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17. February - 20. March 2004  TÜLÜ - Long Pile Rugs from Central Anatolia


Schachbrett Tulu

red blue


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TÜLÜ - Long Pile Rugs from Central Anatolia
Men had slept on roughly stitched up animal skins ever since prehistoric times. However, they eventually succeeded in knotting woollen threads into fabric and as a result became able to produce larger and more regularly shaped sleeping rugs. The tülü from the Karapinar region east of Konya illustrate the history of their origin.
The name "TÜLÜ" is derived from Turkish "tüylü", meaning "feathery", which describes the texture and look of the textile as well as its use.
Tülü often look like enormous sheep skins. Natural shades of soft white, beige and brown wool make them appear lively and vigorous. Dyed wool is not often used. Unlike in "normal" rugs, motifs are sparsely applied.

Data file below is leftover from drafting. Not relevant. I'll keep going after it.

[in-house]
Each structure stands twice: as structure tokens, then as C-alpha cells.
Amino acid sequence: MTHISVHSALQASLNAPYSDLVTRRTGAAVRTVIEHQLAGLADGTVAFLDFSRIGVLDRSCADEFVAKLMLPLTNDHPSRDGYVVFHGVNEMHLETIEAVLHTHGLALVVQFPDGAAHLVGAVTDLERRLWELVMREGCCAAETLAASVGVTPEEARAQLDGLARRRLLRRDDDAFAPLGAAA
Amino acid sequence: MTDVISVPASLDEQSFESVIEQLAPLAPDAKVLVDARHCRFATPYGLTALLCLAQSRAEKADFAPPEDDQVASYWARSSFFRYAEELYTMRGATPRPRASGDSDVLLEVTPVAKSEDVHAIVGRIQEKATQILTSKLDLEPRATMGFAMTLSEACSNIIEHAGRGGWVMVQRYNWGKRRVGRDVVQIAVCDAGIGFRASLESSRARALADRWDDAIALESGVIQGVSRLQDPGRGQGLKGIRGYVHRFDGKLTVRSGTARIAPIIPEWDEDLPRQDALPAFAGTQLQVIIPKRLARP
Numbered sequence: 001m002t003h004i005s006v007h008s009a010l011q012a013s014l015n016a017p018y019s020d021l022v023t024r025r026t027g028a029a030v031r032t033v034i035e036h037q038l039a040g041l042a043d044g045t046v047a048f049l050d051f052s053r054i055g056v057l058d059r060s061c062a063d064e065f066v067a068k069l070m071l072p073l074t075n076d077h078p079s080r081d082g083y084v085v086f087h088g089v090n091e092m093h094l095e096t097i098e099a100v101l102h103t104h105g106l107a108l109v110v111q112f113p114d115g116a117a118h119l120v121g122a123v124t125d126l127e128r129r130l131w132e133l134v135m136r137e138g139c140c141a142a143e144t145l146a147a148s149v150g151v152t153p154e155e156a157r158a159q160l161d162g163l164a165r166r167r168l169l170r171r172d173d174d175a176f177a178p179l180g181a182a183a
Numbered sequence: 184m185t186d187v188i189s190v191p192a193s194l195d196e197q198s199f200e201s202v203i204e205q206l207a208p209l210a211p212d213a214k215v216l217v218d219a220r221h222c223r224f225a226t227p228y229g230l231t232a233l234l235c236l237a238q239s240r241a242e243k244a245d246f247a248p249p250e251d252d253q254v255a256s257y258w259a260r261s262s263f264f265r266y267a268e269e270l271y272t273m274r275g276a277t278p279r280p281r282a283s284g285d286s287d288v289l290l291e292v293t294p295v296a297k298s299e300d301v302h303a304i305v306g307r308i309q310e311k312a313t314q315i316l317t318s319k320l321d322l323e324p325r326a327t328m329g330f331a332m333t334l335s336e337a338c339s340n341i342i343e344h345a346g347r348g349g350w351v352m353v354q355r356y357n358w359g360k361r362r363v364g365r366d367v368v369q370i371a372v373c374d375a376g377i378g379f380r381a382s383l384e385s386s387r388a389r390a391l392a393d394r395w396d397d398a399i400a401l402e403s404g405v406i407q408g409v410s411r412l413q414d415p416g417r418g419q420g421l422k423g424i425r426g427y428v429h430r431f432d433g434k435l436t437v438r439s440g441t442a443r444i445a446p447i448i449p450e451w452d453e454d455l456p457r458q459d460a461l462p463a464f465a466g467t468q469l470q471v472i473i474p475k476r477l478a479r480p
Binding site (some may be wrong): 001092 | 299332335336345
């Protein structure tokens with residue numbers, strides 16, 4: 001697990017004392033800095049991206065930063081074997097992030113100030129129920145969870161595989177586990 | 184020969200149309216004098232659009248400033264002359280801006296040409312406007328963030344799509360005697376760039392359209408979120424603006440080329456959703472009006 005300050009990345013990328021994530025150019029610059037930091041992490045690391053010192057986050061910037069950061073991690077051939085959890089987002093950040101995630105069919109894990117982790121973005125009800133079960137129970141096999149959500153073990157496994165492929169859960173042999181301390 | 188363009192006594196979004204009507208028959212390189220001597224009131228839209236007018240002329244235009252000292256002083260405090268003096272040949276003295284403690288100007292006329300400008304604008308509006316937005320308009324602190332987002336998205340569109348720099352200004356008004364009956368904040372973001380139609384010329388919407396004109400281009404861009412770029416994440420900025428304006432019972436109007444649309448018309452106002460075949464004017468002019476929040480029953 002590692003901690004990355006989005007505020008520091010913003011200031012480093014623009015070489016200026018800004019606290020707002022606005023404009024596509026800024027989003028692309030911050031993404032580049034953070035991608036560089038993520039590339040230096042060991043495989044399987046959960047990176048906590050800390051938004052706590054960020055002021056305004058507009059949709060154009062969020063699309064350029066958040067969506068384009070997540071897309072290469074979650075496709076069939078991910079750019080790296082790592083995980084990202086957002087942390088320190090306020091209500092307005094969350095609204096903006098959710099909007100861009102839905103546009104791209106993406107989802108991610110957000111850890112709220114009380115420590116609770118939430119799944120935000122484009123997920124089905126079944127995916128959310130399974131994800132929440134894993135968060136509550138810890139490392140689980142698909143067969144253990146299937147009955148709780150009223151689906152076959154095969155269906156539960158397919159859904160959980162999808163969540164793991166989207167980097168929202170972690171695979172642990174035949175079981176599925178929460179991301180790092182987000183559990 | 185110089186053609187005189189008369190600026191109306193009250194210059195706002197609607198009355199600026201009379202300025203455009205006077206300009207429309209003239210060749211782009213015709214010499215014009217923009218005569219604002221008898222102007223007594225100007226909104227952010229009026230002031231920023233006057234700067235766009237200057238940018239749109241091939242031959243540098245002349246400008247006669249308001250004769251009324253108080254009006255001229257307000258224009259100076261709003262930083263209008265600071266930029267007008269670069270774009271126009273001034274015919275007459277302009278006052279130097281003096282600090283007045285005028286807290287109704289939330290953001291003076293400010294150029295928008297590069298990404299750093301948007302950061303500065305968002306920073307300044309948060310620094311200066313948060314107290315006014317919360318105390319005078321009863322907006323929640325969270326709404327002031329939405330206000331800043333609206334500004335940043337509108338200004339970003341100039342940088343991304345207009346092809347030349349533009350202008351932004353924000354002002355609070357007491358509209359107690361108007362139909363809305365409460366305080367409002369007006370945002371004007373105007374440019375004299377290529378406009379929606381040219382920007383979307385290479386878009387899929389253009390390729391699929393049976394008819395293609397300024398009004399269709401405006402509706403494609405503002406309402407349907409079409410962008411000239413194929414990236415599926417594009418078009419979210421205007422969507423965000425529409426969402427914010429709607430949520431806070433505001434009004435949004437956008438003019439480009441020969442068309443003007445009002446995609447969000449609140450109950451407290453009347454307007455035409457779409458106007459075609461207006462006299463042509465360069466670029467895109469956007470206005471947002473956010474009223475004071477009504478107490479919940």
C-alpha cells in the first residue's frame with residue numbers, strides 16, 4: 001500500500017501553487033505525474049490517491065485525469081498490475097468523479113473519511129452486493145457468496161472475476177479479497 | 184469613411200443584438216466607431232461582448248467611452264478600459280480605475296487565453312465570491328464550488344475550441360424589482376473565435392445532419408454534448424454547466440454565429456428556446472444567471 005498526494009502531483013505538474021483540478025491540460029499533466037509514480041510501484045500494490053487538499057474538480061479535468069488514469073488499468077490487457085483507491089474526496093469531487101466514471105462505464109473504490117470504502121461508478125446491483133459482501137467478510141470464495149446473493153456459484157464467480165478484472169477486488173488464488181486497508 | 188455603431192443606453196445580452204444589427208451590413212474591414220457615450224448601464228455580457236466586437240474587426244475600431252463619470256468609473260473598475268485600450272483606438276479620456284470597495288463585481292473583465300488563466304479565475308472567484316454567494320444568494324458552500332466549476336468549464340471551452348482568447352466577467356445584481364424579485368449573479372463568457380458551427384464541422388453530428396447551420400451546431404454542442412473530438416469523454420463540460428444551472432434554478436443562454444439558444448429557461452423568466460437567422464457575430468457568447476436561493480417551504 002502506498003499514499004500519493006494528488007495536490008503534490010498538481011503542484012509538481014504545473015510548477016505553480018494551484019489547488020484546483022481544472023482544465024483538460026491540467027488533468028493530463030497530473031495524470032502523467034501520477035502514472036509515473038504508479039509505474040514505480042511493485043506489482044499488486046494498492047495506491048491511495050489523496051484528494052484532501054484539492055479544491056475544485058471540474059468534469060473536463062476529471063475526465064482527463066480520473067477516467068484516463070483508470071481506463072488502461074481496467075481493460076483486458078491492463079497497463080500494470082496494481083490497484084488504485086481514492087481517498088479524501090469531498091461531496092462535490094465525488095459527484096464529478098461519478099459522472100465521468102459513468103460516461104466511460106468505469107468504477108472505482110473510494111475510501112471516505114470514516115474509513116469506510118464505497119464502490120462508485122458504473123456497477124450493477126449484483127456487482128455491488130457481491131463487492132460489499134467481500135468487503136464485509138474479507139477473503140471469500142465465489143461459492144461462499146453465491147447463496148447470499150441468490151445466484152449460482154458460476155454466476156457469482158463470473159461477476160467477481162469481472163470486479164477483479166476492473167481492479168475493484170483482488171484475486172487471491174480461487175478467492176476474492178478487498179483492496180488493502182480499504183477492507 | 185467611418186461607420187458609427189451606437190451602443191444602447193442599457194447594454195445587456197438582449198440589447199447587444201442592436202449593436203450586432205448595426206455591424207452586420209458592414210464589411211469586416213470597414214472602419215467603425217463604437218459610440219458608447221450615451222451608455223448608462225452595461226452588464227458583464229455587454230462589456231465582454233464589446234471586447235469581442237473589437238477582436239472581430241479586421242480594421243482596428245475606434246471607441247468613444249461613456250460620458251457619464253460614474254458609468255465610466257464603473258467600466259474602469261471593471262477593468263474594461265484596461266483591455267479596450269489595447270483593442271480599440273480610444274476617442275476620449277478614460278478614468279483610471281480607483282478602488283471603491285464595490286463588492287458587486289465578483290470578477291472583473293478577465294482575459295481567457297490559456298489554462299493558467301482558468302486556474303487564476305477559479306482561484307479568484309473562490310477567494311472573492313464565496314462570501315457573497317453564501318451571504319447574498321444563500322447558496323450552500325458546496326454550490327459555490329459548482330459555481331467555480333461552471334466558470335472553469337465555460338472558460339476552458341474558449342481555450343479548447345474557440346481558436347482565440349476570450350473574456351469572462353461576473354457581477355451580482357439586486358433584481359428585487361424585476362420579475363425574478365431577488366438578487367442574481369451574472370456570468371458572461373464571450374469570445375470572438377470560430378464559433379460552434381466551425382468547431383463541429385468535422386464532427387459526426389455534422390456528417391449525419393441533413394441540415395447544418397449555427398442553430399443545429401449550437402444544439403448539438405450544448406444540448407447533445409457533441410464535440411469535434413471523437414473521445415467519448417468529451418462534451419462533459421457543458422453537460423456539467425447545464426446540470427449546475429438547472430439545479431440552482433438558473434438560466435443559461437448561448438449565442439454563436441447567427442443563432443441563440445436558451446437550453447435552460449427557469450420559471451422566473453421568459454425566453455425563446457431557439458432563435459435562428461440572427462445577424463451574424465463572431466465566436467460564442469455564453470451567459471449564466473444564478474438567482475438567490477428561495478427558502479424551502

Tülü were produced for private use only and were consequently never subject to any dictate of fashion or restraint of convention. This is the reason why largely unknown ancient and archaic symbolism has survived in the tülü over the centuries. These rugs have a strong and rather intriguing effect on the "Occidental" viewer.
The rug is ideal to sleep on because of its long pile and the velvety texture of the sheep's wool. Mohair goat hair was also used, but not as often as sheep's wool; camel hair was occasionally used in combination with other wool. In everyday life, these sleeping rugs were practical in many ways: they served as carpets in the entrance to the tent, as horse blankets, as throws on sofas, as wall hangings to protect the family against cold, heat and wet. Small tülü were used as cushions, prayer rugs or sleeping rugs for children.
In this exhibition, some 35 tülü are representing the classic aesthetics of surprisingly fashionable and up-to-date looking carpets. The oldest example shown is a "chessboard tülü" in red and blue, from 1860. Most of the other exhibits are about 50 years old, some are older. They are evidence of the "cultivation of tülü" which was kept up well into the 20th century.